“The Hunger in America 2014 findings demonstrate the urgent need for all of us to address hunger in our communities,” said Feeding America CEO Bob Aiken, whose organization is the nation’s largest hunger-relief agency. One of those findings was that 35 percent of clients had not signed up for SNAP benefits, also known as food stamps. In Santa Barbara County, those benefits fall under CalFresh, and county staff pointed to a number of reasons why people do not apply for benefits for which they may be qualified. They may worry about their immigration status, assume it would be difficult to apply or stay enrolled in programs and assume they are not eligible, according to Dennis Tivey in the county social service department.

Hunger is an especially timely topic in Santa Barbara County where about a quarter of the population sought out food assistance in 2013. Of those clients, 49,729 were children and 21,750 were 60 years or older.

“The number of people being served continues to grow,” said Judy Monte, development manager at the Foodbank of Santa Barbara County. “So, we know that we need to help not just give a man a fish, so to speak, but teach him to fish.”

Food insecurity has stressed many areas of families’ lives over the past year, with 52 percent of client households having had to choose between buying food and paying rent or the mortgage at least once along with other struggles.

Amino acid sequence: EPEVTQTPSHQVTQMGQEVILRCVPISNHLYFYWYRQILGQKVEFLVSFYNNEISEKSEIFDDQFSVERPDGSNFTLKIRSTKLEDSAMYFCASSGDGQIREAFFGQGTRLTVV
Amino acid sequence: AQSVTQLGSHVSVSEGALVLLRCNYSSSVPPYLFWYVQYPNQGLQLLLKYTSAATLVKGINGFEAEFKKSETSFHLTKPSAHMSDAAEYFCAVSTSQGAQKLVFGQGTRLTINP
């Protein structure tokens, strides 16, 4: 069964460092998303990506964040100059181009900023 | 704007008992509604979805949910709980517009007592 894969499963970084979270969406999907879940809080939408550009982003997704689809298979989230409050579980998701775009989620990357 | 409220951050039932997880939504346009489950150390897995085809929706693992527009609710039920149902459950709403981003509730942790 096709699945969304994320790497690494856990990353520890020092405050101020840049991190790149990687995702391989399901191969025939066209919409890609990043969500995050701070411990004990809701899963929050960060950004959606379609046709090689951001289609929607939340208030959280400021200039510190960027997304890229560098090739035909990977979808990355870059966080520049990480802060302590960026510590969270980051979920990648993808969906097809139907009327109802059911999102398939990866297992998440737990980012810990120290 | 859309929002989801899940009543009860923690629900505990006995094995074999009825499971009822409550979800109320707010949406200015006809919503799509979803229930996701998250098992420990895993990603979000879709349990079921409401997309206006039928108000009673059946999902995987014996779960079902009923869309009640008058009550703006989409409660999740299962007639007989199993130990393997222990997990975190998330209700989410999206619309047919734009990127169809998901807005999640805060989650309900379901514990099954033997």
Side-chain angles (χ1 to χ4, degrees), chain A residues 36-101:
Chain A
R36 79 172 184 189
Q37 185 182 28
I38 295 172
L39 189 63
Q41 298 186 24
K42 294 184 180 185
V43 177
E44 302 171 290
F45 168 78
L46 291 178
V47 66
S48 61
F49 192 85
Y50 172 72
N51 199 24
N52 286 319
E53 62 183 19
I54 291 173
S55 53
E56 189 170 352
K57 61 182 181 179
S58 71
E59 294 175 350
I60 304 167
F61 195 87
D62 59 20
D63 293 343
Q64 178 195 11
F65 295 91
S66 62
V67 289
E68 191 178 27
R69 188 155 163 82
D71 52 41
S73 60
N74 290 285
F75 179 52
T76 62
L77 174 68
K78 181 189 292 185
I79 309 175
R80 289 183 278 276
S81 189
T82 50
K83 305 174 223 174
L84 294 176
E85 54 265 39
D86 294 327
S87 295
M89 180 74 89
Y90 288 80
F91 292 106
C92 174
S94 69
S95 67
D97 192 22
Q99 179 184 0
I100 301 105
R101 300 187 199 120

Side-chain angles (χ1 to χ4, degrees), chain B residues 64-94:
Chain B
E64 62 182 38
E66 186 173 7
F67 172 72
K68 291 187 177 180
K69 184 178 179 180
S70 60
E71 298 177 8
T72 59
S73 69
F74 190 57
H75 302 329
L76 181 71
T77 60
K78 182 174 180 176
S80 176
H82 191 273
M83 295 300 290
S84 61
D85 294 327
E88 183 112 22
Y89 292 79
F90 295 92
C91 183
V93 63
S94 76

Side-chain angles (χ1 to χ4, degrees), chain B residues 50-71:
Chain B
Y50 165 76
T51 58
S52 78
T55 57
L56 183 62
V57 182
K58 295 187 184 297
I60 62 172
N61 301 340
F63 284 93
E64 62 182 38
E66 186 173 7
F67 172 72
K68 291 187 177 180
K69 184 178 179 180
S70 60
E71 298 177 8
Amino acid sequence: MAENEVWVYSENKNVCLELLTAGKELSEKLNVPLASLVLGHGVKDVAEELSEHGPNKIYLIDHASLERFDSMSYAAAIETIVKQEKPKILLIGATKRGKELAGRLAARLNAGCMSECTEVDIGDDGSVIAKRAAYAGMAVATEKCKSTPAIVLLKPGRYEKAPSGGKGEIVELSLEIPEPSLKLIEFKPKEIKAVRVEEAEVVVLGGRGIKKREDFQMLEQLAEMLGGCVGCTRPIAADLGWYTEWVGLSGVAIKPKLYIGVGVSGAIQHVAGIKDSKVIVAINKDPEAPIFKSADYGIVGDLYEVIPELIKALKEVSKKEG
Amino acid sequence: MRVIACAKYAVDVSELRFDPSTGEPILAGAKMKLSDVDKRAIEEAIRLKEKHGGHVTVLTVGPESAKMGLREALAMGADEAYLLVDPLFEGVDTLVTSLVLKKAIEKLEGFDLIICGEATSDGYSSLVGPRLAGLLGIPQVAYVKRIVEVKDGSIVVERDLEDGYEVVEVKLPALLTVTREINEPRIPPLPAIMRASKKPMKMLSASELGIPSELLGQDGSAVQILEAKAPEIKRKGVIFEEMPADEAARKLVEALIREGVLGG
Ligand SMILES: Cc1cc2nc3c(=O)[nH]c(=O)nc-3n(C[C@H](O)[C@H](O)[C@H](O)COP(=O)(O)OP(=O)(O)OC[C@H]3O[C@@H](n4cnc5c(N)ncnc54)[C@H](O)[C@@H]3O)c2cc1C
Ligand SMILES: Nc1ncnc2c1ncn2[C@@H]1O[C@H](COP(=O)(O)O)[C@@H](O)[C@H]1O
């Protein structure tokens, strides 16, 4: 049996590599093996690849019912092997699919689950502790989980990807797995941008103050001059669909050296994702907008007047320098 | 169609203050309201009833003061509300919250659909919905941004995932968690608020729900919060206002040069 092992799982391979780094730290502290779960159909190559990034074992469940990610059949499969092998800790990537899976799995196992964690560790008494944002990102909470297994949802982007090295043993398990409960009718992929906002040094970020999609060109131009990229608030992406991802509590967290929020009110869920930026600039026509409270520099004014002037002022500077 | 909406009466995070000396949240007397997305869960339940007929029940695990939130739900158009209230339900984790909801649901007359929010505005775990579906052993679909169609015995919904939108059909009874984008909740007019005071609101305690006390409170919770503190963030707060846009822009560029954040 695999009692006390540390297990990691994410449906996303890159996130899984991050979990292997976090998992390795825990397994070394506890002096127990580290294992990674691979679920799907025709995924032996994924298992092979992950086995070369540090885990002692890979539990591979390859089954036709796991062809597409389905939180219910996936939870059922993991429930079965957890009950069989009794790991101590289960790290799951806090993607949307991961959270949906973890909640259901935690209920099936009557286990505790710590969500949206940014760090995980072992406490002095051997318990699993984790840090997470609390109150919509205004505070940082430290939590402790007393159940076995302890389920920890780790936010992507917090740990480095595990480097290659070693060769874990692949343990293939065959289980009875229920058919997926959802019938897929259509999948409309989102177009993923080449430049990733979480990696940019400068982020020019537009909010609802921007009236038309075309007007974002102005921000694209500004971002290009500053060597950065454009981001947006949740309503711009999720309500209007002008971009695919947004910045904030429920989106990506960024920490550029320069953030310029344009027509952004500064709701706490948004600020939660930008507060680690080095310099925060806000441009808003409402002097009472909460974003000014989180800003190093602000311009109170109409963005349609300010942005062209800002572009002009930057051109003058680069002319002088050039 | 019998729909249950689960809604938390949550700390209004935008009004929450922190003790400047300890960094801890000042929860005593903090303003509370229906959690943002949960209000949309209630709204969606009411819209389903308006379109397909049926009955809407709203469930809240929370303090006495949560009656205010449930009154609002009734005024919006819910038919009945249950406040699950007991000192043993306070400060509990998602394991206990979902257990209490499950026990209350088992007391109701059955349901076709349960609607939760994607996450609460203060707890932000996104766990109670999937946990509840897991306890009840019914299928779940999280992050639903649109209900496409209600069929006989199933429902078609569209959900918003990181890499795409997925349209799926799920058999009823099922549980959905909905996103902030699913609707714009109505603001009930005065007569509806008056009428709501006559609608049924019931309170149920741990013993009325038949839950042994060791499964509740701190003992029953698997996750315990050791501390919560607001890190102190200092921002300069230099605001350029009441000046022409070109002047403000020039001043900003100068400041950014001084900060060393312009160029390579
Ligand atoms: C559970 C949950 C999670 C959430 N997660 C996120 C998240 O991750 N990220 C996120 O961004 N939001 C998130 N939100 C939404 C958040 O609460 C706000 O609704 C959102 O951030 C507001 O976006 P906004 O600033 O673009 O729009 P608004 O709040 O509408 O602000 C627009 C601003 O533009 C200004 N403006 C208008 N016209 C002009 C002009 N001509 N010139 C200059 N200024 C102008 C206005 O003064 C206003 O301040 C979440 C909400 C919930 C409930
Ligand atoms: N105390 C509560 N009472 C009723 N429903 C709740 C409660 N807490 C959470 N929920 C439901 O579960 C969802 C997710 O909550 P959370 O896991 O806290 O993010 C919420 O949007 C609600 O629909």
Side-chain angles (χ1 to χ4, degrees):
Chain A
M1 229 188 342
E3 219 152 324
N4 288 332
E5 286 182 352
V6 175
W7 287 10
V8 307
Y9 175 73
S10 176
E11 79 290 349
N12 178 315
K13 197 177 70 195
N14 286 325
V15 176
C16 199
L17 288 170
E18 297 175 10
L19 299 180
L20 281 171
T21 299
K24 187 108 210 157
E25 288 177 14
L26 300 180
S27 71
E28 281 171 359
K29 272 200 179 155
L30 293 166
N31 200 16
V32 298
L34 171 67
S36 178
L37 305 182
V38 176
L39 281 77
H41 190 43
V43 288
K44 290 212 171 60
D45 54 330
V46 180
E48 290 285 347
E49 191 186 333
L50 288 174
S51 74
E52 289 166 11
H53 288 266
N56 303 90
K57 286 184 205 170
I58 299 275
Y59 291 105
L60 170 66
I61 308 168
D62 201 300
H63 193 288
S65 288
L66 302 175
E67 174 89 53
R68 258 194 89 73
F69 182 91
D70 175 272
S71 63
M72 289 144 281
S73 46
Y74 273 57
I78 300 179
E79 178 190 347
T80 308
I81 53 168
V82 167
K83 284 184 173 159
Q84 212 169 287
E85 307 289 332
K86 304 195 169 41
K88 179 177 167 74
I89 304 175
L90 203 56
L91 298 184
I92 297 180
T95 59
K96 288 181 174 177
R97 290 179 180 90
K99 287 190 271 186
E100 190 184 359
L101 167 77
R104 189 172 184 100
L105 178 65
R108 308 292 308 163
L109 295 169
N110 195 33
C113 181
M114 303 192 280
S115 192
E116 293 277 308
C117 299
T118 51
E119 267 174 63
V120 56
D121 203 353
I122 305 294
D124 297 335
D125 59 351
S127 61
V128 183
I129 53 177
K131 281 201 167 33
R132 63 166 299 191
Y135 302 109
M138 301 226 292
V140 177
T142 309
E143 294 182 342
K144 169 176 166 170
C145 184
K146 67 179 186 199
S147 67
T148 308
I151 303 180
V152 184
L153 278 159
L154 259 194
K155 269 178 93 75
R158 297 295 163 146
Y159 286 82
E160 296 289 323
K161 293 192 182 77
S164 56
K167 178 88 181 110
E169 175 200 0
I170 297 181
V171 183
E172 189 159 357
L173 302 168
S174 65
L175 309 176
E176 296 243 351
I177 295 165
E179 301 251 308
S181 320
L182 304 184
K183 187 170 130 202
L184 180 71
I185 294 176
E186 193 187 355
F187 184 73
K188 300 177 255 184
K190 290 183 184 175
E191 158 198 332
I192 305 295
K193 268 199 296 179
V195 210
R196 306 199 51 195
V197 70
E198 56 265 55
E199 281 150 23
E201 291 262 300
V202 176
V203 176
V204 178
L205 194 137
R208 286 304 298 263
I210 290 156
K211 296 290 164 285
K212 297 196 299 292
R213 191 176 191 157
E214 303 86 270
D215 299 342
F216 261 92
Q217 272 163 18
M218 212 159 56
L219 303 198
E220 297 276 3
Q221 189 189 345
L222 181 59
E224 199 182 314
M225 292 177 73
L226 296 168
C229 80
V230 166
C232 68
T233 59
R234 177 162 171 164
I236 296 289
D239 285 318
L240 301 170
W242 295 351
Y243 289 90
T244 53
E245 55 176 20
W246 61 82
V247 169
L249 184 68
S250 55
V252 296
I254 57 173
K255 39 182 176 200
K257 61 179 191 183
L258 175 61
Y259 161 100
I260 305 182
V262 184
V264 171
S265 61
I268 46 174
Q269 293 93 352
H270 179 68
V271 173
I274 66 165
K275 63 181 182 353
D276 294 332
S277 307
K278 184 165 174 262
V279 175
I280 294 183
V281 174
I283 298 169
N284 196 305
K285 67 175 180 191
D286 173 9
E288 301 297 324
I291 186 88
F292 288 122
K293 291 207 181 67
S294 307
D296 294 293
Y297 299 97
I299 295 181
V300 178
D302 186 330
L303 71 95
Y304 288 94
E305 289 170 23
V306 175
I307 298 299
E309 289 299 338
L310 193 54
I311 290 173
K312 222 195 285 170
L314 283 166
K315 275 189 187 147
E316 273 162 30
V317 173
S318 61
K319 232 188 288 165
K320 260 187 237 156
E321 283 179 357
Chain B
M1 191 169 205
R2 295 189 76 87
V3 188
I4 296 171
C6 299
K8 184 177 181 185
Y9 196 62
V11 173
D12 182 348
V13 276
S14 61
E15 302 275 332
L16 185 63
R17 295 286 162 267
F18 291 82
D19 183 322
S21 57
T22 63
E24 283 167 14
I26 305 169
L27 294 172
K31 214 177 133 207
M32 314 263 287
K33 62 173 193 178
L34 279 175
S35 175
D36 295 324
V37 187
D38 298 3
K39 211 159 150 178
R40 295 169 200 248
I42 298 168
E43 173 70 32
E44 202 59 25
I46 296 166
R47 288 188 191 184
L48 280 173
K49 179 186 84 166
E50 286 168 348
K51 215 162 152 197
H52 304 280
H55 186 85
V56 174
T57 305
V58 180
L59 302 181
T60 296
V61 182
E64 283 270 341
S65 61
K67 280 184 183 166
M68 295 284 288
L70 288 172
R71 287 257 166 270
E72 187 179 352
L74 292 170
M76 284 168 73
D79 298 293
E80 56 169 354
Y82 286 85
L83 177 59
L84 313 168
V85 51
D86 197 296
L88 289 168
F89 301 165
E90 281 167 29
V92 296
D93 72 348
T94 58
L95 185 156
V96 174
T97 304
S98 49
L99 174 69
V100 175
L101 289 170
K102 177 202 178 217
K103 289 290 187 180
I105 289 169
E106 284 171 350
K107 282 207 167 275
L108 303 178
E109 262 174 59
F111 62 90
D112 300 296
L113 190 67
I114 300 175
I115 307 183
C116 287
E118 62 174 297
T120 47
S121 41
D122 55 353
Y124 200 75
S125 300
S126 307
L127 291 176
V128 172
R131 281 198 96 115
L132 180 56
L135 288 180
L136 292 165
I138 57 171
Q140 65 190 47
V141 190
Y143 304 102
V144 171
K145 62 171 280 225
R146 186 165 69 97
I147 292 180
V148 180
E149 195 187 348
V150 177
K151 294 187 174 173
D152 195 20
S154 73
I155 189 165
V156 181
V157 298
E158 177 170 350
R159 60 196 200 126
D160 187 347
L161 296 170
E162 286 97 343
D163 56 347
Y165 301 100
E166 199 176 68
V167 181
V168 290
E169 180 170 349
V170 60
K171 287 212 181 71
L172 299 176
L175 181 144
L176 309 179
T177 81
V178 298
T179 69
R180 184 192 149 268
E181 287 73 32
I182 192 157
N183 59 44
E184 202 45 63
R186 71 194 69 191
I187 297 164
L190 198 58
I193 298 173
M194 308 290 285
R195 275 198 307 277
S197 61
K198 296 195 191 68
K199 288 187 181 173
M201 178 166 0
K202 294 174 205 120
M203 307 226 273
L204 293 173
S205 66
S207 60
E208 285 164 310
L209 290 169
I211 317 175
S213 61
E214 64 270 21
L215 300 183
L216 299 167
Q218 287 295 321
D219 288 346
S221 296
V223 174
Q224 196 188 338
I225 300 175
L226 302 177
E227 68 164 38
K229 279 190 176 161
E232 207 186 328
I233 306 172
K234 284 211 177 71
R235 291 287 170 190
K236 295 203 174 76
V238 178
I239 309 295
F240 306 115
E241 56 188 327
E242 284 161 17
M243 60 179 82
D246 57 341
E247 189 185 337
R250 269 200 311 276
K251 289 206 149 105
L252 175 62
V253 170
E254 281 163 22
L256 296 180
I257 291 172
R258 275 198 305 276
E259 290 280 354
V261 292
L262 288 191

With this information and the other data available in the 2014 report, the foodbank plans to strengthen its community impact efforts, which focus on the affect the foodbank is having and can have on hunger in communities around the county. It also plans to develop its Food Action Plan, which will lead to a more sustainable food system in the future.

“Foodbanks used to talk in pounds of food, and some still do,” said Bonnie Campbell, foodbank director of community impact. “We don’t use that language anymore. We talk about meals, how we can get them out there and how we can shorten the line.”

Face of Hunger in SBC Revealed in New Feeding America Report

Noozhawk
December 12, 2014
Web

http://www.noozhawk.com/article/face_of_hunger_in_santa_barbara_county_revealed_in_feeding_america_report

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Face of Hunger in Santa Barbara County Revealed in New Feeding America Report

Published on 12.12.2014 8:08 a.m.

Over 70 percent of local households seeking food assistance from the Foodbank of Santa Barbara County’s network have to choose between paying for food and other necessities such as utilities and transportation, according to the Hunger in America 2014 report for Santa Barbara County.